Are there any life coaching regulations? The answer to this question is Yes and No.
While the industry is self-regulated, there are no government statutes which control it. There are really no life coaching legal requirements.
Firstly, let’s take a look at what a life coach is and what his or her type of work entails.
A life coach is, in most cases, a professionally trained person whose function it is to assist and empower other people. Coaches seek to help people rise above and beyond their current professional and personal situations. Their intervention can encompass helping you achieve a promotion at work, reaching a state of happiness at home or in a relationship, getting you to explore your abilities and achieving other goals and desires.
Using personal insight and methods that are steeped in psychological values or principles, life coaches set out to skill their clients in dealing with challenging situations and to circumvent emotional barriers which may be preventing them from reaching their goals.
The essence of life coaching is empowerment and objectivity.
Coaches don’t do anything for you; they empower you to do it yourself.
Many people gravitate towards life coaching in a very natural way – years of life experience having made them much wiser folk. For a number of people, it is a great second career. This career demands of the practitioner compassion (if not empathy), excellent listening skills and creative problem-solving.
Unlike licensed counsellors, psychologists or therapists, for life coaches there is no controlling body or regulations which require certification or an official licence. In South Africa, there is a non-statutory body which is recognised by the South African Qualifications Authority (SAQA).
Requirements to Be a Life Coach
What is required to be a life coach?
There are no specific or exact requirements necessary to become a life coach. Many new entrants into the field have previously had experience in the fields or counselling or mental health. A large majority of people got started working as life coaches because of their passion to assist others, by offering guidance or extending advice. People, who do become life coaches, often say that their motivation, for starting out, was friends and family members who used to approach them on many occasions for advice or assistance with their problems or difficulties.
Any person can become a life coach, regardless of educational qualification or age. Despite the pace of its growth, the industry is not really regulated (except for self-regulation) and there is currently no formal qualification required to practise as a life coach.
However, all life coaches should follow a few fundamental principles and guidelines.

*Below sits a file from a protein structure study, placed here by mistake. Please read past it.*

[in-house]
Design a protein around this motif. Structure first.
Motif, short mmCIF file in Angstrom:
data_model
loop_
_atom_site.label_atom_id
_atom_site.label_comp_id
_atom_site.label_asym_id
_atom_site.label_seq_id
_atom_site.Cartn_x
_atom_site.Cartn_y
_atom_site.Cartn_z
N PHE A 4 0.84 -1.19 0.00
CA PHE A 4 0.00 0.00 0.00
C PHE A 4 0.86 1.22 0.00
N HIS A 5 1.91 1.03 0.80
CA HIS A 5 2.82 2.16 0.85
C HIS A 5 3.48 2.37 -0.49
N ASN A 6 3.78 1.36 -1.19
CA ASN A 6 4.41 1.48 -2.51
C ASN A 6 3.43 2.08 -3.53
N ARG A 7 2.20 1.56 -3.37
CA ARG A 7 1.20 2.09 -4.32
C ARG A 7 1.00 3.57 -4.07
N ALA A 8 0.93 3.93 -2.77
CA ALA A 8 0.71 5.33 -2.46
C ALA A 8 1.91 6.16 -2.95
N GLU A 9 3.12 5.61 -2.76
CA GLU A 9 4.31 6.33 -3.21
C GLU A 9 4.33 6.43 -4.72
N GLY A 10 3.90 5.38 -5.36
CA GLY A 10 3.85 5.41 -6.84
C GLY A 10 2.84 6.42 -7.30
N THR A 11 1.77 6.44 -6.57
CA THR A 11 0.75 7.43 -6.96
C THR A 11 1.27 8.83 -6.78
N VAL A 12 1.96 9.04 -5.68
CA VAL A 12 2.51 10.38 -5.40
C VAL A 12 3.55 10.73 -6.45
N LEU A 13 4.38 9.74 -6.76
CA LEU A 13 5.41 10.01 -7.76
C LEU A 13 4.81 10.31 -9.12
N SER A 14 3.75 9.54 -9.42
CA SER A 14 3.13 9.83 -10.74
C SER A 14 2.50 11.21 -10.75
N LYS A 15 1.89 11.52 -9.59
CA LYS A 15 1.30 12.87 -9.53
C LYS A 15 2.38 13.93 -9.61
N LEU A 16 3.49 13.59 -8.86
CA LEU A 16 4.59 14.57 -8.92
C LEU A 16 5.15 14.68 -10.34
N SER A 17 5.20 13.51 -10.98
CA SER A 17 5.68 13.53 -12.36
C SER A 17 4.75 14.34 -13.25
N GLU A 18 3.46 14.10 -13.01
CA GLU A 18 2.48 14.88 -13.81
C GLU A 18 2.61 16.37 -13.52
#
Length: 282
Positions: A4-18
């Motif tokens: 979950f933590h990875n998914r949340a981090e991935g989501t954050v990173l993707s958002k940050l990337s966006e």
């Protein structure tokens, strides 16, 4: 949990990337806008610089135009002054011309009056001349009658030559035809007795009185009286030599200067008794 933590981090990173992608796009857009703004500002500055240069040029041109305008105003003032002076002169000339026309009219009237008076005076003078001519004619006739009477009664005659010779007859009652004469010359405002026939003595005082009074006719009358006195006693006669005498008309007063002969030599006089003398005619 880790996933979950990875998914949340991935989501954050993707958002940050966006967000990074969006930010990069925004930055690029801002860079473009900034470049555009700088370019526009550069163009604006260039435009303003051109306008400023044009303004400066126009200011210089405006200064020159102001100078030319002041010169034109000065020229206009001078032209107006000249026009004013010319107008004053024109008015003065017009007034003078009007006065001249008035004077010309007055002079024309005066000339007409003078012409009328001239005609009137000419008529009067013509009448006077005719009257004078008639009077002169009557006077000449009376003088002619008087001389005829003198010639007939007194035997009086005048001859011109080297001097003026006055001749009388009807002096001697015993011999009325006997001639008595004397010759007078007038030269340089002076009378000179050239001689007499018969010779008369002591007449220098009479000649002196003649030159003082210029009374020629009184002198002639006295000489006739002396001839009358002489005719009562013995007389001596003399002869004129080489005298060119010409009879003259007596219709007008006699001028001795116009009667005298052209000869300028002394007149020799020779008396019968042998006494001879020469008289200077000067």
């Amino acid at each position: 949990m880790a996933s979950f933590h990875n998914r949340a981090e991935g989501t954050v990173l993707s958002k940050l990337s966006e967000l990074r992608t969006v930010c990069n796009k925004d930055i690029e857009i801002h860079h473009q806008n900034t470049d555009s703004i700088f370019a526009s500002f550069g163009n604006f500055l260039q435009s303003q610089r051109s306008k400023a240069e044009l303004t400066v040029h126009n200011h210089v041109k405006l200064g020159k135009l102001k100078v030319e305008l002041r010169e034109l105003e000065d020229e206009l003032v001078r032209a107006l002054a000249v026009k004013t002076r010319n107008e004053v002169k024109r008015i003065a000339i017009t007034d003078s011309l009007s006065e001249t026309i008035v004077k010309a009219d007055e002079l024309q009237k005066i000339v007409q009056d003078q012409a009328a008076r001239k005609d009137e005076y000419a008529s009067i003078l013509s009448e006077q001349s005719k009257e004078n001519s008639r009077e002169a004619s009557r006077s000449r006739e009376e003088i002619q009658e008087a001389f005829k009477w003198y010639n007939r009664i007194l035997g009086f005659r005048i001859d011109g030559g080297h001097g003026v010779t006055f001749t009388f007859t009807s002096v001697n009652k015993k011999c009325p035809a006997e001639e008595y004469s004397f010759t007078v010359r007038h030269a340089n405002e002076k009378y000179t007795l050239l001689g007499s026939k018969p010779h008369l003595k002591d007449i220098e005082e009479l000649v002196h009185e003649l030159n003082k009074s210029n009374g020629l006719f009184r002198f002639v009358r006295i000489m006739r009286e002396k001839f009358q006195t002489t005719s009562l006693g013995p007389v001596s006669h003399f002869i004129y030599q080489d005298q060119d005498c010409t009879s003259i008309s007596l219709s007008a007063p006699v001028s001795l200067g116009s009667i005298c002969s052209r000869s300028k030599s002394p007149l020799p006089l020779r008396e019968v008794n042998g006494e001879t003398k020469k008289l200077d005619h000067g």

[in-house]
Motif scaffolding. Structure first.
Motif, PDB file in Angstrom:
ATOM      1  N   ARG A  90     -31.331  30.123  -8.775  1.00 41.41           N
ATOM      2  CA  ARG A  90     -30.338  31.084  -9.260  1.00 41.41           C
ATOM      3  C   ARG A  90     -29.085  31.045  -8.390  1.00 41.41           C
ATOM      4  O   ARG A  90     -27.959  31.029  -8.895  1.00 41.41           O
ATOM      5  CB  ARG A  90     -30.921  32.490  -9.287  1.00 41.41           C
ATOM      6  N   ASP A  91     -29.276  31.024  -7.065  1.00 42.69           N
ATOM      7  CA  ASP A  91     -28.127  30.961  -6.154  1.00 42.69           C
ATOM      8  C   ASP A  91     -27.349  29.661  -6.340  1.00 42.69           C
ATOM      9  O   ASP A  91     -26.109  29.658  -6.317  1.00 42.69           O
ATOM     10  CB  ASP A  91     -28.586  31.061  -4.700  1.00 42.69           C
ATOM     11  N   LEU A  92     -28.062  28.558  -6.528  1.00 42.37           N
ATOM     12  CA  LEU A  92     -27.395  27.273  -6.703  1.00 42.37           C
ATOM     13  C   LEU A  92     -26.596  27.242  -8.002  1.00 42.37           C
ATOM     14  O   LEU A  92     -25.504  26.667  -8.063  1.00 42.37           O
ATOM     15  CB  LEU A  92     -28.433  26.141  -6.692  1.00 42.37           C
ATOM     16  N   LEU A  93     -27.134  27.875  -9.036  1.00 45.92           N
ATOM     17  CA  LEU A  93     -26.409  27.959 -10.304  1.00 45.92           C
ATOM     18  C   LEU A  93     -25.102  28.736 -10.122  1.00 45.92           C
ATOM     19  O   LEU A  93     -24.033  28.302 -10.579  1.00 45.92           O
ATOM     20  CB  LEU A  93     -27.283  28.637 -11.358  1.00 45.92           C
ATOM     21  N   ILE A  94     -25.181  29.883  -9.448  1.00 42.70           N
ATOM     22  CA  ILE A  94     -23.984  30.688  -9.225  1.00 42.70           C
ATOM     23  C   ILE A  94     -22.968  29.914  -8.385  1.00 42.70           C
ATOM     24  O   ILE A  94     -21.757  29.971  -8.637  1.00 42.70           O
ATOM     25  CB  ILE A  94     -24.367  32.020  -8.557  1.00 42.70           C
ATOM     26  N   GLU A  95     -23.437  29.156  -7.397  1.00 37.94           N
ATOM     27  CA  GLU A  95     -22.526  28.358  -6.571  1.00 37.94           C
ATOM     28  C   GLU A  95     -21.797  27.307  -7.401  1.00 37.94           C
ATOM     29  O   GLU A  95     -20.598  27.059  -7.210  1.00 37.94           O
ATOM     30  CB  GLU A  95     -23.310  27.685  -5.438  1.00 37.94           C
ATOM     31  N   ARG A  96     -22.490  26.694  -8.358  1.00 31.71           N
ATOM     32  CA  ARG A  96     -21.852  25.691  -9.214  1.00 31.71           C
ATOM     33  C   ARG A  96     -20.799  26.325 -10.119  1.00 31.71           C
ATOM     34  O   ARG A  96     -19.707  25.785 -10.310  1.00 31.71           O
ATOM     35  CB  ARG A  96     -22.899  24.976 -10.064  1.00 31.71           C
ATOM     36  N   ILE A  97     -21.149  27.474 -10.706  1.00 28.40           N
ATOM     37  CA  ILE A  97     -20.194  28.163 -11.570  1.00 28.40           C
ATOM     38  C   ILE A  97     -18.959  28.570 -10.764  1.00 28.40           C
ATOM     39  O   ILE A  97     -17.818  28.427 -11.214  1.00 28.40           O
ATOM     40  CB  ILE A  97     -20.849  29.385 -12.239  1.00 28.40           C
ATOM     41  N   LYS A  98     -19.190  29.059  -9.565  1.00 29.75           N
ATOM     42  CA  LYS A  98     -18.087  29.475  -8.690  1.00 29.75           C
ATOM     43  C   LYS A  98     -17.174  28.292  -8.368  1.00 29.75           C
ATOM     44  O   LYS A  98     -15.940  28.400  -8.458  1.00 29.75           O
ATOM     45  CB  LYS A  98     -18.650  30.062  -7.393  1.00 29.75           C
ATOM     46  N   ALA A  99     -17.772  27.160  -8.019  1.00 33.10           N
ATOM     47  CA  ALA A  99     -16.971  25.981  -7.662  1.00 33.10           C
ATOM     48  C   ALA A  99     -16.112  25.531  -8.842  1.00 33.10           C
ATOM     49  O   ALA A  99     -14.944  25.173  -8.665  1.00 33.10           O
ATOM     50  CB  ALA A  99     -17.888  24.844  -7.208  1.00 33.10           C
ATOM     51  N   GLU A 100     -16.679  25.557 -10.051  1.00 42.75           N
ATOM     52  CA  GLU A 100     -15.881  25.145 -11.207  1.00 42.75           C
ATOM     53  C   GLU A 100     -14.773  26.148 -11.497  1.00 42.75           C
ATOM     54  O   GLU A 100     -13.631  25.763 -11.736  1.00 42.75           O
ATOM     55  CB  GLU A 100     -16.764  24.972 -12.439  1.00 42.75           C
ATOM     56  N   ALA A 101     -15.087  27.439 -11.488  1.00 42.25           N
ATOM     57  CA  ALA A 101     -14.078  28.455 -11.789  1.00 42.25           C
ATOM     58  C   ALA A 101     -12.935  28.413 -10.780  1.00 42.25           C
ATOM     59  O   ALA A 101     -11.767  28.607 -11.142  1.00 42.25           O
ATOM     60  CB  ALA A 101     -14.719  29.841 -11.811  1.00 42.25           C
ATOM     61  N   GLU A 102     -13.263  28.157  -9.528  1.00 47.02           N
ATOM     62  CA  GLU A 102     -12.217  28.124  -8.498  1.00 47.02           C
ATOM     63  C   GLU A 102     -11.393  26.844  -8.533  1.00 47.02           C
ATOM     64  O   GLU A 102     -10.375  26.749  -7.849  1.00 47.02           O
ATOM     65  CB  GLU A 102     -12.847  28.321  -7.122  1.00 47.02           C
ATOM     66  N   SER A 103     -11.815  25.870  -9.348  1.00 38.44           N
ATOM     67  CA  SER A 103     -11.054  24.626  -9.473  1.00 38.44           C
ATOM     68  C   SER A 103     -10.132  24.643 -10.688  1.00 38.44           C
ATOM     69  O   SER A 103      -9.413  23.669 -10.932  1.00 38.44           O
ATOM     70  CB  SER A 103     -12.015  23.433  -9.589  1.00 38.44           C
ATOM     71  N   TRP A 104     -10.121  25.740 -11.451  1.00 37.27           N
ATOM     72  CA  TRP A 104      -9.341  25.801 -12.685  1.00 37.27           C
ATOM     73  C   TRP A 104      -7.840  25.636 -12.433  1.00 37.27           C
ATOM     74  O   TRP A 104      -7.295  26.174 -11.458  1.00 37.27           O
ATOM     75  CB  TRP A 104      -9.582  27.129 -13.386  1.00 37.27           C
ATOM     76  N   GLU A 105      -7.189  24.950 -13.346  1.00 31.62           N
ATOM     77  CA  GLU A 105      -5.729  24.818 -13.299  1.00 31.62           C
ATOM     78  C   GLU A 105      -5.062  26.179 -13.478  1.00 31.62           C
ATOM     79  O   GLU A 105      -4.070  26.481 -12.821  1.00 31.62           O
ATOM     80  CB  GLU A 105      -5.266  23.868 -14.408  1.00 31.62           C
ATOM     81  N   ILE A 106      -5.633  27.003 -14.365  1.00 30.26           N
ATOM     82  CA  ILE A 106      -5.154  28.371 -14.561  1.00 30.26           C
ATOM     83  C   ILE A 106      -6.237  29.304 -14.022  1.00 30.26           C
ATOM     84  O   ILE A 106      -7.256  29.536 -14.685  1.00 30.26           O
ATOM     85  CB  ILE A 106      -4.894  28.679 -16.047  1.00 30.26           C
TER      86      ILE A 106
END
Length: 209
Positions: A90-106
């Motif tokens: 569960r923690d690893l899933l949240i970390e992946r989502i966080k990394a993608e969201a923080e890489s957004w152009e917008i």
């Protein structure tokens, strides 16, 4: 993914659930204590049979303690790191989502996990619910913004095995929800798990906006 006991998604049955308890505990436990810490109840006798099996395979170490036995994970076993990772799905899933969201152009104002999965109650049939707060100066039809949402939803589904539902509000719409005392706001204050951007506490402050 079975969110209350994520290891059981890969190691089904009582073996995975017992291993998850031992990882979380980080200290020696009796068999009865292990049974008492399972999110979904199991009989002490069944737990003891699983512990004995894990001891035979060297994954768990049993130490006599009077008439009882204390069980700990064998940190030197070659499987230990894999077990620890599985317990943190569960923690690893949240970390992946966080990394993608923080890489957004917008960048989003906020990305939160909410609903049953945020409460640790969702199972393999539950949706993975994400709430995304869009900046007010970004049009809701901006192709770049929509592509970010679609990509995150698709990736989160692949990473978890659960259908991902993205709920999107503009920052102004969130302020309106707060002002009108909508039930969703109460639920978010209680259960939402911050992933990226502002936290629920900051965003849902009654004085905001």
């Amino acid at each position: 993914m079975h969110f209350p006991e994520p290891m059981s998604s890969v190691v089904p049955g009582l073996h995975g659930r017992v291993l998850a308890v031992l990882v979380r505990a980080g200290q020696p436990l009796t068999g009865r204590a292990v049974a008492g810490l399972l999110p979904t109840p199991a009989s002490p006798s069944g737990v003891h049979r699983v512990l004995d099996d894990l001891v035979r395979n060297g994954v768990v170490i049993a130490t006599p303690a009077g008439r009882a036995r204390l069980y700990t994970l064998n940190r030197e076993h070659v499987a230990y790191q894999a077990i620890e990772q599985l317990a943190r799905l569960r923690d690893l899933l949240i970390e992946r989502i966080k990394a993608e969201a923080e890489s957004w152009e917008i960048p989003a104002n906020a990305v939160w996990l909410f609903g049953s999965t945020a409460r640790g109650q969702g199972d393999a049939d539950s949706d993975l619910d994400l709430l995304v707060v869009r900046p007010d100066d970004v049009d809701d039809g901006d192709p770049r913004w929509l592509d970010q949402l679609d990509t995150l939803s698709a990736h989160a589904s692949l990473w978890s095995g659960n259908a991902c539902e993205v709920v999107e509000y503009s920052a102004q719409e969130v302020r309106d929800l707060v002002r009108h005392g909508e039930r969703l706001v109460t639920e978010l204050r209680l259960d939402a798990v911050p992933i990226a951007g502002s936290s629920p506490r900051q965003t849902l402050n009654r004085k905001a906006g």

- Objectivity: A coach must remain detached and objective, not allowing personal preferences to influence his or her advice in any way. Because all people and their perspectives (positions) are different, their coaching provided must be adapted to their specific needs and requirements.
- Empowerment: the coach must provide his client with the tools necessary to review their current situation and enable them to make the choices necessary to reach the goals they have set for themselves.
- Guidance: the coach is a guide, not an instructor. An instructor advises a person exactly what they need to do. A guide offers the support and tools someone requires to be able to do something for her- or himself. Because a life coach is not an instructor, but a guide, he or she will never tell you what you should do.
Certification for Life Coaches
Although there are, in essence, no life coaching regulations, certification lays down the experience a coach should have and universal standards that he or she should abide by. This framework lays down an acceptable behavioural code for coaches and does provide some recourse to consumers.
In South Africa, COMENSA (Coaches and Mentors of South Africa) is a professional umbrella association for providers of mentoring and coaching services and carries official SAQA (South African Qualifications Authority) recognition as a professional body. So, although it is a non-statutory body, its members (coaches) have to comply with its Code of Ethics and it provides users (clients) with some form of recourse, in terms of its ethics complaints procedure.
This professional association expects its members to subscribe to a set of values: Ethics; Professionalism; Integrity and Inclusivity.
Further, COMENSA, having previously recognised and registered training providers, now has a mandate of vetting them. Training providers are approved at three levels: Gold, Silver and Bronze.
Gold is bestowed on an Institution which meets the following requirements:
- Is accredited by South African Quality Council (SAQA) with a programme having no fewer than 5 credits (directly linked to mentoring or coaching);
- Training is aligned to COMENSA’s Behavioural Standards Framework which enables learners’ credentialing;
- it must have at least TWO COMENSA trained assessors, one of whom must be a COMENSA trained evaluator.
Silver status is awarded to institutions whose courses:
- are aligned with COMENSA’s Behavioural Standards Framework
- have two COMENSA trained assessors, with, at least, one being a COMENSA trained evaluator.
Institutions are awarded Bronze status when it provides:
- Continuous Professional Development of COMENSA members via workshops, programmes or resources.
Any provider of training must create a profile to be able to access COMENSA’s self-serve platform. This will enable them to submit applications to provide training.
Internationally, the International Coach Federation (ICF) – an officially recognised association of trained coaches - offers certification of life coaches. The Federation accredits programmes that provide coaching-specific training, independently provides certification and sets standards for coaches.